In the high-stakes contest to land Amazon’s new headquarters, many consider Boston to be a serious contender competing against other big technology hubs around the United States and Canada.
But it’s also competing against its neighbors: Several smaller Massachusetts cities — along with Scarborough, Maine, the state of Rhode Island and southern New Hampshire — are each submitting their own pitches to Amazon, using proximity to Boston’s tech talent as a major draw.
“Talent really is the unquestionable, huge priority,” said Brian Dacey, president of the Cambridge Innovation Center and a former Boston economic development director who says the region could make a strong case for luring the Seattle e-commerce company. Local research strengths — such as in artificial intelligence and robotics — are important to Amazon’s business model, he said.
The Seattle company is promising $5 billion of investment and 50,000 jobs in whichever North American region it chooses to build a second headquarters. Applications are due Thursday and will come from dozens of U.S. states and Canadian provinces.
Scarborough, Maine said they plan to be among the New England communities submitting a bid by the deadline, with the 483-acre former Scarborough Downs racetrack property as the centerpiece of the application.
Scarborough Town Manager Thomas Hall told the newspaper that while the Maine town’s proposal meets all the major requirements Amazon has listed in its request for proposals, but it falls short on some of the company’s preferences, such as being located in a metropolitan area with more than 1 million people.
“Other [cities] have coordinated with state governments on tax incentives,” Hall told the Press Herald. “We don’t have any of that.”
Amazon asked state and regional leaders to coordinate no more than one bid from any metropolitan area, but that hasn’t stopped multiple cities in greater Boston from making rival bids. There are two alone from northeast Massachusetts’ Merrimack Valley — one from a cluster of municipalities in greater Lawrence and another from greater Lowell.
New Bedford also is applying, touting itself as “the inspiring place from which Herman Melville’s novel ‘Moby Dick’ began.” Leominster Mayor Dean Mazzarella is pitching his city as “the hidden jewel” while also dismissing the attractiveness of a Boston campus, saying Amazon “can’t afford to be anywhere where their employees are fatigued and tired by the time they reach work in the morning.” Worcester is offering up to $500 million in tax breaks and sending Amazon a promotional video .
It’s not clear whether this flood of applications from so many New England cities will help or hurt the region’s chances.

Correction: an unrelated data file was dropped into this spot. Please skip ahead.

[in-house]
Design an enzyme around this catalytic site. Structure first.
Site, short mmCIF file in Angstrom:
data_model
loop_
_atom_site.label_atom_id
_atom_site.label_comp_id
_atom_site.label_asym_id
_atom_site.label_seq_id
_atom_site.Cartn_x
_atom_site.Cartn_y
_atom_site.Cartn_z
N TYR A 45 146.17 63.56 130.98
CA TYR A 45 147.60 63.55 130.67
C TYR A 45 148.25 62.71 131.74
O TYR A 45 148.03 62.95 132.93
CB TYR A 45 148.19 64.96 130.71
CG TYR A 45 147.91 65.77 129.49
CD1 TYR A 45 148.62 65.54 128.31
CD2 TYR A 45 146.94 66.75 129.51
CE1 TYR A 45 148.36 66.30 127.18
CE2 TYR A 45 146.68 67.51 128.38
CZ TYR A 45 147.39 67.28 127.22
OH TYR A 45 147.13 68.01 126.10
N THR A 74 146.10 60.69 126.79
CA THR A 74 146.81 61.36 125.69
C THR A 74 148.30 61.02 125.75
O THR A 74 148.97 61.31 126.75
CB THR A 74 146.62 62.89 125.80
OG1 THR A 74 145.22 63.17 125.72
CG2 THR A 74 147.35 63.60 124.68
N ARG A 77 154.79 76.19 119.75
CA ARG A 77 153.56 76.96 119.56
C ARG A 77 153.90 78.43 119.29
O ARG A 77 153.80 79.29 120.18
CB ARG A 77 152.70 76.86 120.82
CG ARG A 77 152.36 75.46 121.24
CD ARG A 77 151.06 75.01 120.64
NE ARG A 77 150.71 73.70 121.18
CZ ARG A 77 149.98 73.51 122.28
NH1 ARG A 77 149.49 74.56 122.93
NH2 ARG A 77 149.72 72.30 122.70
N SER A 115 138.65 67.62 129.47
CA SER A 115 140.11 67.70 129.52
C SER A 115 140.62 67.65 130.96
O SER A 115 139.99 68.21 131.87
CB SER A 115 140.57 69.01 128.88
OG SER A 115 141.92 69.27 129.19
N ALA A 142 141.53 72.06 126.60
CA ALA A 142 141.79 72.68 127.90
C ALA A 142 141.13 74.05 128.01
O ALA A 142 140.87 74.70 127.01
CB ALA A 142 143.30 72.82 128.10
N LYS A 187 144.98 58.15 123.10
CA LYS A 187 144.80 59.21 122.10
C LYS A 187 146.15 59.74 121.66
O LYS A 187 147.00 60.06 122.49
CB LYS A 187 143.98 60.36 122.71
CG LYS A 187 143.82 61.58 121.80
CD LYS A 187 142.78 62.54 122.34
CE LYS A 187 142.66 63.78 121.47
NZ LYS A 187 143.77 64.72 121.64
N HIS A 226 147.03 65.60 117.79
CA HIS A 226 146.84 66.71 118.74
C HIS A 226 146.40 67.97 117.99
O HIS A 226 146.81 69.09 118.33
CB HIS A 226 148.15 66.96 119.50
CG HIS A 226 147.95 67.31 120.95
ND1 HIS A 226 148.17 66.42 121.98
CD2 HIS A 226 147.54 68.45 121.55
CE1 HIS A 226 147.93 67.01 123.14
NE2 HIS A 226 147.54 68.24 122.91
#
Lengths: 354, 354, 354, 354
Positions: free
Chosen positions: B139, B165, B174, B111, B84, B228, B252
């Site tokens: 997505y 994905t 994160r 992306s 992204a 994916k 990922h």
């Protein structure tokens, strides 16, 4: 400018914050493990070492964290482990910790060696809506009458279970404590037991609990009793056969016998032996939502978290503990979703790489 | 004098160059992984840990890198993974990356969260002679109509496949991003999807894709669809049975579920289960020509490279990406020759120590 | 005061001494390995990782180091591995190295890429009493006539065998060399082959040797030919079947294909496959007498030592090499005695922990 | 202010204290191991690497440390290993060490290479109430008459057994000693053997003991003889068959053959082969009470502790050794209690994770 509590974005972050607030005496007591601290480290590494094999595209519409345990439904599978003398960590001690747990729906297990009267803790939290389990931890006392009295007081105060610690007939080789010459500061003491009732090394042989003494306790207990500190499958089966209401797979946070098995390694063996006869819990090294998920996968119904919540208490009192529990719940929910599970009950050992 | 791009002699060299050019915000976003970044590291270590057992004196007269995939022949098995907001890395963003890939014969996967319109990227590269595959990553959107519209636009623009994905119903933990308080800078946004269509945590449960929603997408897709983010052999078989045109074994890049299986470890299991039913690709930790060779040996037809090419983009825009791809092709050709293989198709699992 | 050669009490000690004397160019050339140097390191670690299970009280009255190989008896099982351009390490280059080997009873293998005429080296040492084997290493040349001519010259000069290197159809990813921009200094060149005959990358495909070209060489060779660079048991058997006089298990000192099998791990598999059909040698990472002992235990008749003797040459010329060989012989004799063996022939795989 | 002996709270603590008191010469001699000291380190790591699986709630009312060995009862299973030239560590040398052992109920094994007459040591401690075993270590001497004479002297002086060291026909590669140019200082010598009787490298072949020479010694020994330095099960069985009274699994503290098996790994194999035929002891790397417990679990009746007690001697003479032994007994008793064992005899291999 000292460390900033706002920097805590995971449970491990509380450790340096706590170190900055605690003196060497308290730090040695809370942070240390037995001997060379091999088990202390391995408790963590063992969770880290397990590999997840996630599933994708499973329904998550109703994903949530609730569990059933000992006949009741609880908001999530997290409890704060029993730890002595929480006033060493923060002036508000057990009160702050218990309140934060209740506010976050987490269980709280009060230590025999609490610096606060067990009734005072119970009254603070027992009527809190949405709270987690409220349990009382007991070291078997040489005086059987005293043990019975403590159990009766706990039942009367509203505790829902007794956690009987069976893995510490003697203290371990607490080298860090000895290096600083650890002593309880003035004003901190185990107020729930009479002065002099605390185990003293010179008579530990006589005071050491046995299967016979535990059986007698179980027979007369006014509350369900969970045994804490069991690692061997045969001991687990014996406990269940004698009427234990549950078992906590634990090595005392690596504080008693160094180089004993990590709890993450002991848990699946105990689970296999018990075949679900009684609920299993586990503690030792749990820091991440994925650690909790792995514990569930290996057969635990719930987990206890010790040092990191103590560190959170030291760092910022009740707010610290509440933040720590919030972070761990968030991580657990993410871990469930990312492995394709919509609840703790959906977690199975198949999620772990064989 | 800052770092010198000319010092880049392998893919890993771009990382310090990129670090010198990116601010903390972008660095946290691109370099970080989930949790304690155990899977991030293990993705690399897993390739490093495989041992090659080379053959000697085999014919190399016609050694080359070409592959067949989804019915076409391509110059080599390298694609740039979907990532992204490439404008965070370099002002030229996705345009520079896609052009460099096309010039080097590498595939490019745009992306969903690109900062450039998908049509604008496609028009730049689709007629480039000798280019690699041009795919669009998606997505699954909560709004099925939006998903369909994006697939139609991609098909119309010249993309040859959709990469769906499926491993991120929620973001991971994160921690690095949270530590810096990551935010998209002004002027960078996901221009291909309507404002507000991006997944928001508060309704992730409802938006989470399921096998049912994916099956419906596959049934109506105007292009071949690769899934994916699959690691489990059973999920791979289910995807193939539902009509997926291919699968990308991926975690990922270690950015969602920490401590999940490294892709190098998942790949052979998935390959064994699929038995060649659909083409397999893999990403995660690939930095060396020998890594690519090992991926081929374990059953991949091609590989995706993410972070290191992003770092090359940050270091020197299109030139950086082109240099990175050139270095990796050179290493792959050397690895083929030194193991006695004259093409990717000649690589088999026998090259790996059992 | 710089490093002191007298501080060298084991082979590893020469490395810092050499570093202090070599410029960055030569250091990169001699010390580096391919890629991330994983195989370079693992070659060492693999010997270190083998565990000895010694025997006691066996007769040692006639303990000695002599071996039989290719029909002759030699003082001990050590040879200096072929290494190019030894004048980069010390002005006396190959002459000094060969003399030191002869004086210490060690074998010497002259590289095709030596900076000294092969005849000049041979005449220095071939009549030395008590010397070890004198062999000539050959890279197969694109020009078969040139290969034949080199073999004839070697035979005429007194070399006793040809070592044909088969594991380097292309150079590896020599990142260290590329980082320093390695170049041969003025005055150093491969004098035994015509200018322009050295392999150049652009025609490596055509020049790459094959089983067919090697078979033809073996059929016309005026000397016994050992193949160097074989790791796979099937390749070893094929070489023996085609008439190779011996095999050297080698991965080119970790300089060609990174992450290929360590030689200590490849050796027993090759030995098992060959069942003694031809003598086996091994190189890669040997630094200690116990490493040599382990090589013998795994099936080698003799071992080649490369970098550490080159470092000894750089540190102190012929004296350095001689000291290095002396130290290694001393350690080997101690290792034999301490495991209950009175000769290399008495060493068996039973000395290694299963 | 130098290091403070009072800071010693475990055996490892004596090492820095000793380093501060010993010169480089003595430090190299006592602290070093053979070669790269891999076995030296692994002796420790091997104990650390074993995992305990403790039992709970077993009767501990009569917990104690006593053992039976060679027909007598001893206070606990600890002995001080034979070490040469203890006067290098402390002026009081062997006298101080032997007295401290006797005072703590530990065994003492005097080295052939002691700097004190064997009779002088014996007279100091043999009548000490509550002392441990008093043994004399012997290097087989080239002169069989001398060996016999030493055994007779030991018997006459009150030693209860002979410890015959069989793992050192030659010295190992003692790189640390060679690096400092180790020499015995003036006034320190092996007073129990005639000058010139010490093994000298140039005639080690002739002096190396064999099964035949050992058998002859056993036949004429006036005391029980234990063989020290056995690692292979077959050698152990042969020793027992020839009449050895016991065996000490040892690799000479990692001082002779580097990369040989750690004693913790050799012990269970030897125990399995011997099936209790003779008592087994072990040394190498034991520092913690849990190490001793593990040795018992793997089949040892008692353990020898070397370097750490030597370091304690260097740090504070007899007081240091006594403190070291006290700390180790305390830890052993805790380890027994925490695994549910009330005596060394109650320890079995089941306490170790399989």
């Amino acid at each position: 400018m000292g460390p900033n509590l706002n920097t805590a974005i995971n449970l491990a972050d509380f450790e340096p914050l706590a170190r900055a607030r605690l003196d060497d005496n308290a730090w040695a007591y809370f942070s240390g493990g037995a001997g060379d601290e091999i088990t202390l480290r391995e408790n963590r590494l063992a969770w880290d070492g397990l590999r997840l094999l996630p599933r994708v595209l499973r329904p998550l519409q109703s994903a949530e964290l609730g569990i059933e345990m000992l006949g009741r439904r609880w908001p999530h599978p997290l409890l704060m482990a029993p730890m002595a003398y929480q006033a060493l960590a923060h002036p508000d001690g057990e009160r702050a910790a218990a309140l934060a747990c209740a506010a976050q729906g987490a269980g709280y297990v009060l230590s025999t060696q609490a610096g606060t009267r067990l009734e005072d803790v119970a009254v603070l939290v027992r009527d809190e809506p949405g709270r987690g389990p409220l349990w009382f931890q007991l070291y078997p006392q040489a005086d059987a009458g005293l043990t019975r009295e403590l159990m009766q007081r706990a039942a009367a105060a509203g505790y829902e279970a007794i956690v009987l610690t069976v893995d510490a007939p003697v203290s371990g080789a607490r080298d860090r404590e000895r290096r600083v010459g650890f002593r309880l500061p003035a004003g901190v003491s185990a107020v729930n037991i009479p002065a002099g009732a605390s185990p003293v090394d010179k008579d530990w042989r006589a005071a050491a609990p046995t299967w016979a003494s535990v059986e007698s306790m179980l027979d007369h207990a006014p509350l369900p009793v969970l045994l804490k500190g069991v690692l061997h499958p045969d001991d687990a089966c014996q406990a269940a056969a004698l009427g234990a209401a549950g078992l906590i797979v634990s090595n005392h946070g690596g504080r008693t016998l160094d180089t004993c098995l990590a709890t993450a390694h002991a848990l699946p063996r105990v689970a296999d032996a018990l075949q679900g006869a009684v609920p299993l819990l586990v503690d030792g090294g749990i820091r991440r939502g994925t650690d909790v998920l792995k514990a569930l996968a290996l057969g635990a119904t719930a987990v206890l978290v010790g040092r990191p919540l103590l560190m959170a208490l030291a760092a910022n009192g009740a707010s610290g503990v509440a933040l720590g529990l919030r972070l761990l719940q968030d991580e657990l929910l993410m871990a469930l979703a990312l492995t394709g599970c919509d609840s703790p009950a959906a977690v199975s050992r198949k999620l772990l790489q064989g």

Massachusetts Gov. Charlie Baker is coordinating a statewide pitch expected to highlight a handful of locations deemed the most competitive, but the Republican said last week he also will “give folks who are bidding locally or regionally an opportunity to put a compendium on the back of our bid.”
The state hasn’t disclosed its preferred locations or how much it’s willing to offer Amazon in business incentives, citing competitiveness.
Top real estate offerings pushed by developers include Suffolk Downs, the former horse racing track at Boston’s border with Revere, or the Union Point development at the former South Weymouth Naval Air Station. Others are advocating for more urban locations, such as Boston’s Seaport District, where Amazon is already planning to open a 900-worker office next year to advance its Alexa virtual assistant.
Rhode Island and New Hampshire also are making pitches, promising Amazon a way of tapping into Boston’s high-tech aura while avoiding its congestion and high prices. Rhode Island is touting its universities, cultural amenities and train connections to Boston, while New Hampshire says it doesn’t need financial gimmicks to make its case.
New Hampshire leaders on Wednesday announced a proposal centered in the town of Londonderry. “Everyone else is still trying to play catch up to this tax incentive we created in 1789 — no sales tax and no income tax,” said Gov. Chris Sununu, a Republican.
Sununu said that “obviously the Boston region is a great place to go, but if you’re going to be there, be in tax-free New Hampshire. It’s all the benefits without the headaches.”
Associated Press writers Holly Ramer in Concord, New Hampshire, and Jennifer McDermott in Providence, Rhode Island, contributed to this report.